Pakistani President Pervez Musharraf has appealed for calm after 34 people died in the country's worst political violence in years.
Mr Musharraf blamed Mr Chaudhry for the violence
Supporters of President Pervez Musharraf fought street battles with those of top judge Iftikhar Muhammad Chaudhry, suspended by the president.
Mr Chaudhry abandoned plans to address a rally in the city.
Opposition groups blamed the pro-Musharraf MQM party of organising the unrest, but it denied the claim.
Speaking at a mass rally in Islamabad on Saturday night, Mr Musharraf ruled out declaring a state of emergency and appealed to the country to stand united.
He blamed "elements who tried to create turmoil by politicising" Chief Justice Chaudhry's suspension.
Speaking behind bullet-proof glass, he said a judicial panel was examining the case.
He also criticised Mr Chaudhry, saying the top judge had ignored warnings against travelling to Karachi.
Mr Chaudhry flew from Islamabad to Karachi on Saturday morning, planning to address a rally in the city.
But after landing, he was unable to leave the airport, because roads into the city were blocked.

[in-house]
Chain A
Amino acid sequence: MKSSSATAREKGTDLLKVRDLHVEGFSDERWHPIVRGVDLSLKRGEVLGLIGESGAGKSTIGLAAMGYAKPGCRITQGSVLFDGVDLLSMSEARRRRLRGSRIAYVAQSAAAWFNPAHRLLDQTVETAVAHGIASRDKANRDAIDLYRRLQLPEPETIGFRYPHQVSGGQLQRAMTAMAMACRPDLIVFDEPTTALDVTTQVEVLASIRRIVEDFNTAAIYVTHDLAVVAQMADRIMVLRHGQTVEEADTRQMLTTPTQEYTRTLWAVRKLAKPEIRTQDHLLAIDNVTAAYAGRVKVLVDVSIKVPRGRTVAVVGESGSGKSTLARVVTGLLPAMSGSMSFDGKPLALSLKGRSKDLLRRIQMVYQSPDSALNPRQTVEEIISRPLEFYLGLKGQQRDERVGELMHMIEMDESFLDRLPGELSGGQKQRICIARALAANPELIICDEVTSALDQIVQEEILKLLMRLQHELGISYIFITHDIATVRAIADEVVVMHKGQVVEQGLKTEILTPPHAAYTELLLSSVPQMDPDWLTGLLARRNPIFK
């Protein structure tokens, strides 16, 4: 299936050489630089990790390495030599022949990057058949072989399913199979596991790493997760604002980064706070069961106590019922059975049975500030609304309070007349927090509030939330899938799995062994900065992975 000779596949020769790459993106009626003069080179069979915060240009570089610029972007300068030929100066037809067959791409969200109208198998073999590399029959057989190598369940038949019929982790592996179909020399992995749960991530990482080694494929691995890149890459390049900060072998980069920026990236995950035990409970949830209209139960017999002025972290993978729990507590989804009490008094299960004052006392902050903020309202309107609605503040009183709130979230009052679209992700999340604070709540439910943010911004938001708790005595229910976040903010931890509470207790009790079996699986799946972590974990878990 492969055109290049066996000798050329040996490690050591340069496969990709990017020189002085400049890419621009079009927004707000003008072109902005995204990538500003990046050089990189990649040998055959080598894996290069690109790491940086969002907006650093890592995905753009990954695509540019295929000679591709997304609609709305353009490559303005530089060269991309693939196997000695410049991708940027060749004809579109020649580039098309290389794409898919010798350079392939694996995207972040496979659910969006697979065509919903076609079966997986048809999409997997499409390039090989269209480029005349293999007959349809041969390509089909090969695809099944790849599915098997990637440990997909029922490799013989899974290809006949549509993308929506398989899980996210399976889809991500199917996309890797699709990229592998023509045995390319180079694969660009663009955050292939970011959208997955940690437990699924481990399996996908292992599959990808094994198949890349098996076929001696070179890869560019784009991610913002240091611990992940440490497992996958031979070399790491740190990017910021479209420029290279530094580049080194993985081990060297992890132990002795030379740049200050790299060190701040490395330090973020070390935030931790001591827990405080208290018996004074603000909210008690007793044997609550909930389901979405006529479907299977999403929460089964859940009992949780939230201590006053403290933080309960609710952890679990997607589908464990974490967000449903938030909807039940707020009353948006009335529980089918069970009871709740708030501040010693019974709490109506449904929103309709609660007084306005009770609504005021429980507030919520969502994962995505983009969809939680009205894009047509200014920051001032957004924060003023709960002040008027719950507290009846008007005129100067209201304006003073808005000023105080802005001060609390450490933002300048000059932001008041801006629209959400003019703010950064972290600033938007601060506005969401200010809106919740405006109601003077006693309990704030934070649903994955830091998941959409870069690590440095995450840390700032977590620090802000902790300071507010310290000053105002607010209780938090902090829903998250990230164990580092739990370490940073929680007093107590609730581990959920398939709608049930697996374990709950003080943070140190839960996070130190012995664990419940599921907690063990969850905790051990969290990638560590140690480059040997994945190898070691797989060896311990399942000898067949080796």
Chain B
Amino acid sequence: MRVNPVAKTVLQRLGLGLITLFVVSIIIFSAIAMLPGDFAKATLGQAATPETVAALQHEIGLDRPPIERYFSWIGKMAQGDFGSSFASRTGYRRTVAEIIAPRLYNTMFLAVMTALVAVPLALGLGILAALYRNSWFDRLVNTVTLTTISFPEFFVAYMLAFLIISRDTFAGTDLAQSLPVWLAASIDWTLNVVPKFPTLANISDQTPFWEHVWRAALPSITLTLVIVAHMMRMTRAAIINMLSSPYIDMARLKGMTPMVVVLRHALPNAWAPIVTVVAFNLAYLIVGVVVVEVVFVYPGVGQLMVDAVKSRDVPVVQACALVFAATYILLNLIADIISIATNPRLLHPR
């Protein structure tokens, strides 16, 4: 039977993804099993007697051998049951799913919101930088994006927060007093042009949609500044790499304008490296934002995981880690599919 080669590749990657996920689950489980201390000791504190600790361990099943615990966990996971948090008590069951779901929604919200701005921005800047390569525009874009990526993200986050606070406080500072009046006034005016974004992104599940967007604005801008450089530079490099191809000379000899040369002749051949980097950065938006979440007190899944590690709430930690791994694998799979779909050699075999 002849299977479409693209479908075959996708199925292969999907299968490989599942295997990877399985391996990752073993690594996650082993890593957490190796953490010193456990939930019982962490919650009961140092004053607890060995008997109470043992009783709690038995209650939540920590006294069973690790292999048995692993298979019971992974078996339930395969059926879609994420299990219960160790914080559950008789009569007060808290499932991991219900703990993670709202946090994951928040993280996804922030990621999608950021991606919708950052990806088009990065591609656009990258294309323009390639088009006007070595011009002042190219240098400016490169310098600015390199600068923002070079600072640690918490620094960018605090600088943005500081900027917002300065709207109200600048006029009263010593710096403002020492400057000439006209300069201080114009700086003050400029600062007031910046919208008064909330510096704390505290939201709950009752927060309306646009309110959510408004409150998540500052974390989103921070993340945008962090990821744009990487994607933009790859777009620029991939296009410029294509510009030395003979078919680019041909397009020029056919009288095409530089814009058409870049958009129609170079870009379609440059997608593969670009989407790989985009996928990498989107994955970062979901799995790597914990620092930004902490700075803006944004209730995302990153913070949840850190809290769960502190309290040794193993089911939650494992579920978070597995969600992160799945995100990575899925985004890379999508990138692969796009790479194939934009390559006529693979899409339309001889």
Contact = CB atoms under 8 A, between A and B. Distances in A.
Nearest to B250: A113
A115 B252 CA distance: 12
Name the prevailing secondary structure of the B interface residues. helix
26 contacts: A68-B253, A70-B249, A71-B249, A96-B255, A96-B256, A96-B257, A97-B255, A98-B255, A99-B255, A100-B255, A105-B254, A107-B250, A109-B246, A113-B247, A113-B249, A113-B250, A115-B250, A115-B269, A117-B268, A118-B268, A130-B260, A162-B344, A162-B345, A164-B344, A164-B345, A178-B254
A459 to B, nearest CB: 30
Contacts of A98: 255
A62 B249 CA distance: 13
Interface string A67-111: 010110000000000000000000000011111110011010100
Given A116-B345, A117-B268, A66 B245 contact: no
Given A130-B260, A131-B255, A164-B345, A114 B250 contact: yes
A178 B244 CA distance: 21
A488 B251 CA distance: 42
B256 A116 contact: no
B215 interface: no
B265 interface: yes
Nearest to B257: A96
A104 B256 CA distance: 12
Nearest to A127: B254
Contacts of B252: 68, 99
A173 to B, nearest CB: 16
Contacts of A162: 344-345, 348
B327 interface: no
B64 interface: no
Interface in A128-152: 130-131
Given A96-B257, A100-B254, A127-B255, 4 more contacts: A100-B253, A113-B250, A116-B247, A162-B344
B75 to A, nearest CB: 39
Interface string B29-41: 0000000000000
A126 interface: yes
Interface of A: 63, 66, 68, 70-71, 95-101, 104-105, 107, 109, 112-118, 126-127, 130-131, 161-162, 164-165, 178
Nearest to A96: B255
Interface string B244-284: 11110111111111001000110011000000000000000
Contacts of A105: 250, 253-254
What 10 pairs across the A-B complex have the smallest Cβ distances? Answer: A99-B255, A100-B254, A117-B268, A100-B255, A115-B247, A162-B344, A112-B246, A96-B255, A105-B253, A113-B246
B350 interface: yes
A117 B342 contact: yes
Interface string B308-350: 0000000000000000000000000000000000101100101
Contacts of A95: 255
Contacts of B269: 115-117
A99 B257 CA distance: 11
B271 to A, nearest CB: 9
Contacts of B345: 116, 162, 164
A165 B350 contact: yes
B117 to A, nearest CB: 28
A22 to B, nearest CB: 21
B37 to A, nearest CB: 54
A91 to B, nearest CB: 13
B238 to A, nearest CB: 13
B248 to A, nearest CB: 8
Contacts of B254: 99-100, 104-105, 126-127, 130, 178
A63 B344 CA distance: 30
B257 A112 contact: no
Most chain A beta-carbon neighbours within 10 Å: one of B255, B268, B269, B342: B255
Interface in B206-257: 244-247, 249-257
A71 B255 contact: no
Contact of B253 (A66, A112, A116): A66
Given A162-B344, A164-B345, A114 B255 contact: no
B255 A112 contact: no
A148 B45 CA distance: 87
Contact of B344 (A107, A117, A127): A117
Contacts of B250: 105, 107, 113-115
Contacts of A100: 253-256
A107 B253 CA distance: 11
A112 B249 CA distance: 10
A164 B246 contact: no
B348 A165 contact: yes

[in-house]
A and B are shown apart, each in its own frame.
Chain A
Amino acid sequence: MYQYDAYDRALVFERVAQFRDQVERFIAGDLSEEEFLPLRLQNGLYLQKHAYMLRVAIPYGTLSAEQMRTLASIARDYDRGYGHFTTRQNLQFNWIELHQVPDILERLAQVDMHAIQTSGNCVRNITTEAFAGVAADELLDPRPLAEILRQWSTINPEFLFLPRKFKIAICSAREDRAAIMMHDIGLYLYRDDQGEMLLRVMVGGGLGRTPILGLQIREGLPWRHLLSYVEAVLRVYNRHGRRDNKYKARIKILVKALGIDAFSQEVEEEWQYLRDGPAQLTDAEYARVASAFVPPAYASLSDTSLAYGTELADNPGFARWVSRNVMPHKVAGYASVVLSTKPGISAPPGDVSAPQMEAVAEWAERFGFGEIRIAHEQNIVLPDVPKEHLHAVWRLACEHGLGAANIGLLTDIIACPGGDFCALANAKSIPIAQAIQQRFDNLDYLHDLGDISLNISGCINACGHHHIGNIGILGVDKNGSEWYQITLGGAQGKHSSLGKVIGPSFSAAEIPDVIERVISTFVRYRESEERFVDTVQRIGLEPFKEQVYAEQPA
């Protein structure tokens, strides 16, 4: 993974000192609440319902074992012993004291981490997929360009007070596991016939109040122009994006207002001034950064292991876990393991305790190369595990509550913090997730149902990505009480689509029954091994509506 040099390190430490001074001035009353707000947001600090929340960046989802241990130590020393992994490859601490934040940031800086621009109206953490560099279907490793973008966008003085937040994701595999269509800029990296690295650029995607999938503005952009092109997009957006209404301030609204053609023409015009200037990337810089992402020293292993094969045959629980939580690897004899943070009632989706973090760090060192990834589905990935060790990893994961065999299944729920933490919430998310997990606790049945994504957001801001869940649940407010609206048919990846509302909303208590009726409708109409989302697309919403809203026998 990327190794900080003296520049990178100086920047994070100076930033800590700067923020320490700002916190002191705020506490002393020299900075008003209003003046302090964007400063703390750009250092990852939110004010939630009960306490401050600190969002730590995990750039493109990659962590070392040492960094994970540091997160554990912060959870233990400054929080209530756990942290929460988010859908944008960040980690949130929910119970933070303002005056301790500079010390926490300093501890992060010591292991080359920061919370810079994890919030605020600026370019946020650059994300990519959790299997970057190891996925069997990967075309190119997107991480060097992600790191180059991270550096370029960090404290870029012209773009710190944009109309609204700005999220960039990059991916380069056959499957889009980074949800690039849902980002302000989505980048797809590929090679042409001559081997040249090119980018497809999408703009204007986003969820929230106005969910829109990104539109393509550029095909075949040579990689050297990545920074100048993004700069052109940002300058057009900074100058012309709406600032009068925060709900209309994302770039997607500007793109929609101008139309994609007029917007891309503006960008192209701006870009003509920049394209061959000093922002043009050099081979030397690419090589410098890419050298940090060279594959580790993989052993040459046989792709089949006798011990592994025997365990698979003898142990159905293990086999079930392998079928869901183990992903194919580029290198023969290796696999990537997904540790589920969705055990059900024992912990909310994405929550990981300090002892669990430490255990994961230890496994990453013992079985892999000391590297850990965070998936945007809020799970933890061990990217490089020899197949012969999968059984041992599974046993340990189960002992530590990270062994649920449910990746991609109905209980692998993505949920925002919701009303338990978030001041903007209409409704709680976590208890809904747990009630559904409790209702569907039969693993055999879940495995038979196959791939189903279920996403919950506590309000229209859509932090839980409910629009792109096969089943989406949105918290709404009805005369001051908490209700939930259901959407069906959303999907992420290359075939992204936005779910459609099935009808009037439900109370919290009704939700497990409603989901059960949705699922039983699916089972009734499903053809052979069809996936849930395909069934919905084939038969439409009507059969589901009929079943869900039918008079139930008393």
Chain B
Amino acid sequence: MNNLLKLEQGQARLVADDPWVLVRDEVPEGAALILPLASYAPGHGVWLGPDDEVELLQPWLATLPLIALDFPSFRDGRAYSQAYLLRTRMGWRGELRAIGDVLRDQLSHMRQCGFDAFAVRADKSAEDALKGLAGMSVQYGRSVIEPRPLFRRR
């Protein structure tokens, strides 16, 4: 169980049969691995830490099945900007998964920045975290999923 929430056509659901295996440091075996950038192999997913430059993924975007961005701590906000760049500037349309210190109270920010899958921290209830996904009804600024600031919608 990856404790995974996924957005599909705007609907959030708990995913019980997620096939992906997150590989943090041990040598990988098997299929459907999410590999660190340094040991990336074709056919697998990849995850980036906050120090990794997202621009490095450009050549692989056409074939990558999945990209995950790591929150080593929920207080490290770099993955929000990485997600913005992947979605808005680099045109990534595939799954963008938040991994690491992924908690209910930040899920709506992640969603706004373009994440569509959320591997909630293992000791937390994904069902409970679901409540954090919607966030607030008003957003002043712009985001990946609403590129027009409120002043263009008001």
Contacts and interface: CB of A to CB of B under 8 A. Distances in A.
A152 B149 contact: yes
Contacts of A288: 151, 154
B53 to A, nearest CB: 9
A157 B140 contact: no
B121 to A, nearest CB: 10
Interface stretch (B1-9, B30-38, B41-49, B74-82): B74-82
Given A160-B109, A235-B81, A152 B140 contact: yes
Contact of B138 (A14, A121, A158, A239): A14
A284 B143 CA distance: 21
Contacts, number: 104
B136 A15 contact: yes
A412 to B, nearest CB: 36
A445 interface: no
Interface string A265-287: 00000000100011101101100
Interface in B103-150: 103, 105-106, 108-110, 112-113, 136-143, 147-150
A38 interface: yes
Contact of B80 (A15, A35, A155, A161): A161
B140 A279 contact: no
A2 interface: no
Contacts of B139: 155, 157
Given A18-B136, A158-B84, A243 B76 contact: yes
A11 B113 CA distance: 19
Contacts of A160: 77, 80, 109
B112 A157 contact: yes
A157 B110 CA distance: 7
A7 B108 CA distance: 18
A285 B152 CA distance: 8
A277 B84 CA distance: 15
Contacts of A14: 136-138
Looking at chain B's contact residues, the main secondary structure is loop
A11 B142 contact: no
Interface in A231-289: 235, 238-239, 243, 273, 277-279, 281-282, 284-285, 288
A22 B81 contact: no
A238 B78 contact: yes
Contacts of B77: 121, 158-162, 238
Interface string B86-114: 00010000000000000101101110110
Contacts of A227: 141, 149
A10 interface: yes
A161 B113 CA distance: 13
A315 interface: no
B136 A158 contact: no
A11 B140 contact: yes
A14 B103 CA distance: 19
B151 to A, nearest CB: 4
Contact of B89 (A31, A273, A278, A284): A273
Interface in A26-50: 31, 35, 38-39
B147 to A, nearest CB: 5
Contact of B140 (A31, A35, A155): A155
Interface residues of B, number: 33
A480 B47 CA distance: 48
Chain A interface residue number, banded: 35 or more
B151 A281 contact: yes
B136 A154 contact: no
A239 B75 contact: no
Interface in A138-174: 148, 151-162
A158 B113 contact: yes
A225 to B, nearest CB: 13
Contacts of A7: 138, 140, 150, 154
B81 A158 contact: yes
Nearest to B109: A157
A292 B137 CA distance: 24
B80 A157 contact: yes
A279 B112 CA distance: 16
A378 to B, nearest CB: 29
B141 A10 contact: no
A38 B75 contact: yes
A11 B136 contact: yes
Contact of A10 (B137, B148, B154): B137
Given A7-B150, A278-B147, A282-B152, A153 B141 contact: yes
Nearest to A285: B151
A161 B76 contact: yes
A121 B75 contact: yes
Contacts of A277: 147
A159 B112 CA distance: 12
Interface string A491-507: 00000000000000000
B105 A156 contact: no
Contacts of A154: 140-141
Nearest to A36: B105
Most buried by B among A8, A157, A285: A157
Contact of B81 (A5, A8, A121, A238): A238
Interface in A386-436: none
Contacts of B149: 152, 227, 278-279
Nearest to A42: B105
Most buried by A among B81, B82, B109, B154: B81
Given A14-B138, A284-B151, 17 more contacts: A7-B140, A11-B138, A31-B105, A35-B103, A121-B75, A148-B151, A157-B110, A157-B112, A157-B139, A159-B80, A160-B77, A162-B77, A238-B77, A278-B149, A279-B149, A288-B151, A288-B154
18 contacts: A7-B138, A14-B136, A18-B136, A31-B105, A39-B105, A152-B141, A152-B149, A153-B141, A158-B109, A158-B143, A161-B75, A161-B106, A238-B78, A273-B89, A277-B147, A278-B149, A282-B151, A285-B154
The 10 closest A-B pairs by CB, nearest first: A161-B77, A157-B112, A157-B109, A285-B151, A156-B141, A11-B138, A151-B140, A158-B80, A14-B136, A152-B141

After several hours, Mr Chaudhry abandoned his plans and returned to Islamabad.
The president also appealed to the demonstrators, saying: "If you really feel sorry over what has happened in Karachi, then stop these protests."
Since his suspension on charges of "misuse of authority", Mr Chaudhry has become the focus of widespread opposition to the government of Mr Musharraf, who took power in a coup in 1999.
The BBC's Barbara Plett in Islamabad says opposition parties have turned Mr Chaudhry's case into a campaign against military rule.
His supporters say that Mr Musharraf wants the judiciary headed by a lawyer whom he can more easily manipulate.
9 March: Musharraf suspends Chaudhry for "misuse of authority"
16 March: Violence at pro-Chaudhry rally in Islamabad
3 April: Chaudhry appears before private session of court
6 May: Large rally in support of Chaudhry in Lahore
12 May: Violence in Karachi, ahead of planned rally
Our correspondent says tension had been building ahead of the judge's visit when the local authorities announced plans for a counter rally.
But she says the scale of the confrontation took people by surprise.
In the worst violence, MQM supporters and activists from the Pakistan People's Party (PPP) of former Prime Minister Benazir Bhutto fought gun battles for an hour.
The private Aaj TV channel showed pictures of its office under fire. "We are under attack," said journalist Talat Hussain on air, sheltering behind a wall.
"It is state-sponsored terrorism. The Sindh [province] government is responsible but we are not going to back off," said Sherry Rehman of the PPP.
An MQM spokesman denied his party was involved in the violence at the TV station.
A lawyers' spokesman told the BBC that bar association members in Karachi had also been attacked by MQM activists in various parts of the city.
The lawyers say that activists attacked them and prevented them from entering the Sindh High Court premises where Mr Chaudhry had been due to speak.